Sun, 23 Apr 2000

Drink... beer when you're thirsty

By Mehru Jaffer

JAKARTA (JP): Somewhat oblivious to the need of the majority of people in the world for clean drinking water, all that a few others thirst for is their daily glass of beer.

"If water is not clean enough, give the world beer to drink," says one who is able to afford all the glories that beer is said to offer.

Beer is that foamy, fermented concoction that is perhaps the oldest known, and also the highest consumed alcohol beverage worldwide. And during ancient times it was indeed safer to quench the thirst with beer rather than bacteria-infested water.

Allison, who loves to drink beer, said that she came across her first beer at an Australian university campus.

"Drinking beer is part of the curriculum there," she added in jest. But it is not the alcohol that she goes looking for in beer. It is the divine taste of the naturally fermented drink that she enjoys. Although she does admit to acting a wee bit silly after a few beers and if she happens to be on the dance floor where there is good music playing then the sky is the limit to the amount of fun she can have.

It is suspected that it all started when a careless housewife from Mesopotamia forgot some bowls of bread dough outdoors which filled up with rainwater after a sudden cloudburst. Sunshine made the contents bubble and froth for a while. Someone thrust a cup into the suds, tasted it and pronounced the drink superb. Ever since then it has been difficult to hold that hand down.

But Erwin van Grootel, the technical director at PT Multi Bintang, thinks that it was a Sumerian housewife from 4000 BC who taught the world to brew its own beer. Whatever its origins, people today will even beg for a beer as it is the cheapest and most refreshing alcohol drink in the world. Its reputation varies from taking weariness out of one's bones, raising the spirits, turning dullards into conversationalists and restoring the sickly back to health.

"One of my grandparents' is 103 years old and another 96 years old and both have been having a daily mug of beer for years," van Grootel told a group of 10 expatriate women during a tour at the newly opened Bintang Bir Brewery in Sampangagung, Surabaya, recently.

There are different reasons why people drink beer.

"It is a part of our culture. We never question ourselves as to why we like to drink beer," said an athletic-looking Agnes. For her beer is the only drink that quenches her thirst especially in the heat, humidity and easy lifestyle of Jakarta. She feels that the wheat grains, malt and yeast that go into making beer are good for her liver and skin.

While some do not like the bitter taste of the drink, Christa drinks it only because she finds the bitter taste so delicious, adding that she is definitely not looking for alcohol either as she enjoys alcohol-free beer as well.

Carla can never find good wine when she goes out to dine in Jakarta. Since she has to drink something with her dinner and the fresh fruit juices are too sweet for her taste, she asks for a beer instead.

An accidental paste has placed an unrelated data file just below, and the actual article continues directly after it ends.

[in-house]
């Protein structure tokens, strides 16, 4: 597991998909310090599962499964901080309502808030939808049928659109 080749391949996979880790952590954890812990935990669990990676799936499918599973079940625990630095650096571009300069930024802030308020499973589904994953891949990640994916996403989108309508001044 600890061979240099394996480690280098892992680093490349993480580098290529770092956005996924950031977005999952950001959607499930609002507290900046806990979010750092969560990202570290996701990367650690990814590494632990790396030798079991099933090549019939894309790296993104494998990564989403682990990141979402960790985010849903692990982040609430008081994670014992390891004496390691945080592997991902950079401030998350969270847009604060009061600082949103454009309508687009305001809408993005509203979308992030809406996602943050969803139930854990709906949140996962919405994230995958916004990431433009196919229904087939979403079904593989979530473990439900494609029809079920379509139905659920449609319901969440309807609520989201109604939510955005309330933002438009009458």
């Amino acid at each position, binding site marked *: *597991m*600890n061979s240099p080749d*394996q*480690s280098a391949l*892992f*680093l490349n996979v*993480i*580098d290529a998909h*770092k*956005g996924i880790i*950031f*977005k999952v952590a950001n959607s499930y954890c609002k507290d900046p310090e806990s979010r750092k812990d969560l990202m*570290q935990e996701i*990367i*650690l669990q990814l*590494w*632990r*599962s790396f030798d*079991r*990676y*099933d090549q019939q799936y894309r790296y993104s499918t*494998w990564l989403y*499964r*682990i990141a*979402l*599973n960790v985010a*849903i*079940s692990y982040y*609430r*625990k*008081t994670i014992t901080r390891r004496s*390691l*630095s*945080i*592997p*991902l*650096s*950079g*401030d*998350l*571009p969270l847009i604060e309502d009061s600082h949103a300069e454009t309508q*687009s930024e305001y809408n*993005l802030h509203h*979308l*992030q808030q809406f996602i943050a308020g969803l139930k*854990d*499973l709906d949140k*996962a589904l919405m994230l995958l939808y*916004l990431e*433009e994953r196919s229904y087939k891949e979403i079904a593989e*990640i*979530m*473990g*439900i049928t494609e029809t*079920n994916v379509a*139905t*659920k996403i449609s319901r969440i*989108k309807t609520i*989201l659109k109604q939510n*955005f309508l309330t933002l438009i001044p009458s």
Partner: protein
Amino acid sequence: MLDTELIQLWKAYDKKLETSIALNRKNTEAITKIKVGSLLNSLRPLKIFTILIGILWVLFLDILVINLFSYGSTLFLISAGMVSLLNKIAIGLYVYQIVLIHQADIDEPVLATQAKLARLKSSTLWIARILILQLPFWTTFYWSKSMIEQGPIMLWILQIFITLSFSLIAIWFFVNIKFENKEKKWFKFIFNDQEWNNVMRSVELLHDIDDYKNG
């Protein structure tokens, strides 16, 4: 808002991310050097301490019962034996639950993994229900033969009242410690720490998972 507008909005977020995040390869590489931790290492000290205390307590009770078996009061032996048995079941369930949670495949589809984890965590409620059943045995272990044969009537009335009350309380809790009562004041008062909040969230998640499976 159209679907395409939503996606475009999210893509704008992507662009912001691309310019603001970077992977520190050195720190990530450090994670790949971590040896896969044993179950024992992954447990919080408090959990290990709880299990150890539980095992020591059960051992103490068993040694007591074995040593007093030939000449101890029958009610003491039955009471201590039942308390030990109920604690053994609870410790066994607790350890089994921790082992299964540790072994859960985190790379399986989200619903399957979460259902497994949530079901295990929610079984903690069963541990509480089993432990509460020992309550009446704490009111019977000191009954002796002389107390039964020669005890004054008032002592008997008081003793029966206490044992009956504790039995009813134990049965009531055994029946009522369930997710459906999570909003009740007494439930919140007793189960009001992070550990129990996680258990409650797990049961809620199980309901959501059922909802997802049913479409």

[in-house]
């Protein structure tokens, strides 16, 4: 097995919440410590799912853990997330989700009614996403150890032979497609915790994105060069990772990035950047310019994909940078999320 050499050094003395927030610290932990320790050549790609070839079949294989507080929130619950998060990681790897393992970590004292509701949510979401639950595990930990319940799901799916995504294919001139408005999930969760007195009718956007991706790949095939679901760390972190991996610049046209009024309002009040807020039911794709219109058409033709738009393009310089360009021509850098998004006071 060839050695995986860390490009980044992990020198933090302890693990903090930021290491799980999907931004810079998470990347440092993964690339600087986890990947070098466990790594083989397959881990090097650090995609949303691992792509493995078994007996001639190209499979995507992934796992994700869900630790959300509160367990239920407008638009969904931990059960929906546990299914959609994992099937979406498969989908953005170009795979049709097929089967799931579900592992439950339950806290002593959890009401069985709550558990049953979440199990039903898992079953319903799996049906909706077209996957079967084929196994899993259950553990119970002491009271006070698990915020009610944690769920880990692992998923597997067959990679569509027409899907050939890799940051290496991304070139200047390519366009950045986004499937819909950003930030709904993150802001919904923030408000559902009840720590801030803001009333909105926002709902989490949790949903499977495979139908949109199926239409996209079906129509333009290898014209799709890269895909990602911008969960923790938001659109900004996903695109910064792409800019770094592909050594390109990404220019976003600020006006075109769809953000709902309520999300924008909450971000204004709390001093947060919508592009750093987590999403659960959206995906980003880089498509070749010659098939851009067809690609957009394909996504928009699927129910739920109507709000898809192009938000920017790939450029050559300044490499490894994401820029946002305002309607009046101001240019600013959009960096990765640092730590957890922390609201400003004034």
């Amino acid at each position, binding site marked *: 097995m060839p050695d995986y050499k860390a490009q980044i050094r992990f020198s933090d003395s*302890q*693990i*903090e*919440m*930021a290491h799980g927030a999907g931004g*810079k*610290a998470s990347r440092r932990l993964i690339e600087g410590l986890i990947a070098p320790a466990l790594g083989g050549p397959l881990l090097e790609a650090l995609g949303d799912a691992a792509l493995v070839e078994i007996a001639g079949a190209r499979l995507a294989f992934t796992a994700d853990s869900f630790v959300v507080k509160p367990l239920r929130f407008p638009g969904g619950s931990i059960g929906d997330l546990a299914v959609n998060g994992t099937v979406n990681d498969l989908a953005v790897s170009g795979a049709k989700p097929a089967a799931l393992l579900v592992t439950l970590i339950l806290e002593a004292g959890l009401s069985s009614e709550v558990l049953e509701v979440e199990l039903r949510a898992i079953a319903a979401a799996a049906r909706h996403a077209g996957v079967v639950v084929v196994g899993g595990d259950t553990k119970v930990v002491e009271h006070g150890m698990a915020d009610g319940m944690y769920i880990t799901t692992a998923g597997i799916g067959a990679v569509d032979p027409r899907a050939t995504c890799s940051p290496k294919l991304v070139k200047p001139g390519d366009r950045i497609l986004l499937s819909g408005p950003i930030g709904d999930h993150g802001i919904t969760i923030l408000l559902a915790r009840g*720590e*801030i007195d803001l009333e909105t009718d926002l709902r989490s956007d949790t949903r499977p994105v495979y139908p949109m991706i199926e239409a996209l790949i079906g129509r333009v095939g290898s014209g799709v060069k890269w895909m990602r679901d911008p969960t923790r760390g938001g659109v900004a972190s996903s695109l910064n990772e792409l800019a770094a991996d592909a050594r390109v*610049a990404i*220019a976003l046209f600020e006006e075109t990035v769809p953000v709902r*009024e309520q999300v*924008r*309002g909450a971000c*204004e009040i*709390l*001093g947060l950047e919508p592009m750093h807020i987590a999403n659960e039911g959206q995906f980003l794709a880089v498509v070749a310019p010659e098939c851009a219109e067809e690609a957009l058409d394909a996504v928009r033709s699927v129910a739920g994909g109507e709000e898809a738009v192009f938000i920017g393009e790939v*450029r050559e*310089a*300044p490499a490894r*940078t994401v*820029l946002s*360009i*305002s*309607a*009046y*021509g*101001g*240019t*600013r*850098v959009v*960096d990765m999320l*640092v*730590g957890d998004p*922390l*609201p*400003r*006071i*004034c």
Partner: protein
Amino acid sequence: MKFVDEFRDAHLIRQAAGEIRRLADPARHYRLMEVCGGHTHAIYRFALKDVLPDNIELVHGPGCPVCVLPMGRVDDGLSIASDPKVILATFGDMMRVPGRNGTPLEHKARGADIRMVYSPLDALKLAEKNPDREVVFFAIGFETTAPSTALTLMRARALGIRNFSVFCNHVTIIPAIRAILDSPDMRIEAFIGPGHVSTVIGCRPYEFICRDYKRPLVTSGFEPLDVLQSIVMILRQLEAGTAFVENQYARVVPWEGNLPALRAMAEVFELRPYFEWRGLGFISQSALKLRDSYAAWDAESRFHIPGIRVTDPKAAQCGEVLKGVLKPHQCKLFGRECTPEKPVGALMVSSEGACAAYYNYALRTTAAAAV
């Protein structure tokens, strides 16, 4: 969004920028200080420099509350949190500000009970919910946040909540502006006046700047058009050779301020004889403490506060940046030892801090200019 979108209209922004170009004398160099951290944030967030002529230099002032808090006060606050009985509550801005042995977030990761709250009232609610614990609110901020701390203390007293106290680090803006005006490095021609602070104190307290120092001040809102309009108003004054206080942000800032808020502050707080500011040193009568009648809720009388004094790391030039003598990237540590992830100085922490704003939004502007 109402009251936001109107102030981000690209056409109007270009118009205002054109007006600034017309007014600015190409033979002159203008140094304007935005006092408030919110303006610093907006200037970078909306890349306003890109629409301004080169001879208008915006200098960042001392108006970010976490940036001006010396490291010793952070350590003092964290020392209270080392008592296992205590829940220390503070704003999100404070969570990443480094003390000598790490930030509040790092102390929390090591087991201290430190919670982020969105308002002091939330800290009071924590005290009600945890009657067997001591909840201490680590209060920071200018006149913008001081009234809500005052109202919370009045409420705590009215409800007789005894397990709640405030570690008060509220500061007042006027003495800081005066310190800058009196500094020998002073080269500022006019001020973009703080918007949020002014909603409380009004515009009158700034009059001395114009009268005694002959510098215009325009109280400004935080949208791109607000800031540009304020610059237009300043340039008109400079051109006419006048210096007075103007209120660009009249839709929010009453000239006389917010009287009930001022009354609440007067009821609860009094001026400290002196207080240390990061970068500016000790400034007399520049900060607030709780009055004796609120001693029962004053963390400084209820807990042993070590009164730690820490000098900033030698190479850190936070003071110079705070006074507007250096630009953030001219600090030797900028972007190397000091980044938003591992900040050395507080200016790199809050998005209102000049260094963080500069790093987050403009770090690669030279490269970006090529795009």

But beer can be more than a drink. Some drink it only to keep company. "It is a social lubricant," Erik said. "The world would not come to a halt, but it would be a poorer place without beer."

While drinking an alcoholic beverage is a major issue in eastern societies like Indonesia, in the West a drink like beer is consumed as naturally as a plate of food. In fact the art of brewing beer and baking bread remain the prerogative there of temple priests and the head of the church for centuries.

In the end it is all a question of moderation, as Indra Said puts it. "I am a Muslim and I love beer," he confesses, and he plans to continue drinking beer as long as he feels he is in control of his actions and speech.

According to statistics compiled by the Center for Education and Information on Drugs and Alcohol in Australia, drinking sensibly means having two glasses of beer a day or one glass of wine, or a glass of 30 ml of spirits or 60 ml of fortified wine like port or sherry each. The center recommends at least two alcohol-free days per week for everyone and any intake of alcohol that exceeds the above average involves a medium to grave risk toward alcoholism.

In a recent report from the Institute of Mental Health's Alcoholic Treatment Center in Singapore, it was found that the number of women taking to the bottle had gone up by almost 30 percent in the past year. About 40 women were treated as in and out patients last year compared to the 22 patients that came in 1997 and 1998.

Dr. Dominic Lim, the associate consultant psychiatrist at the center, who organized a symposium recently on alcohol and women, did acknowledge, however, that most women treated at the center came from lower socioeconomic backgrounds, have relationship- related problems, are less educated, are not strongly influenced by religion, are unemployed and come from homes where there is already some form of alcohol abuse.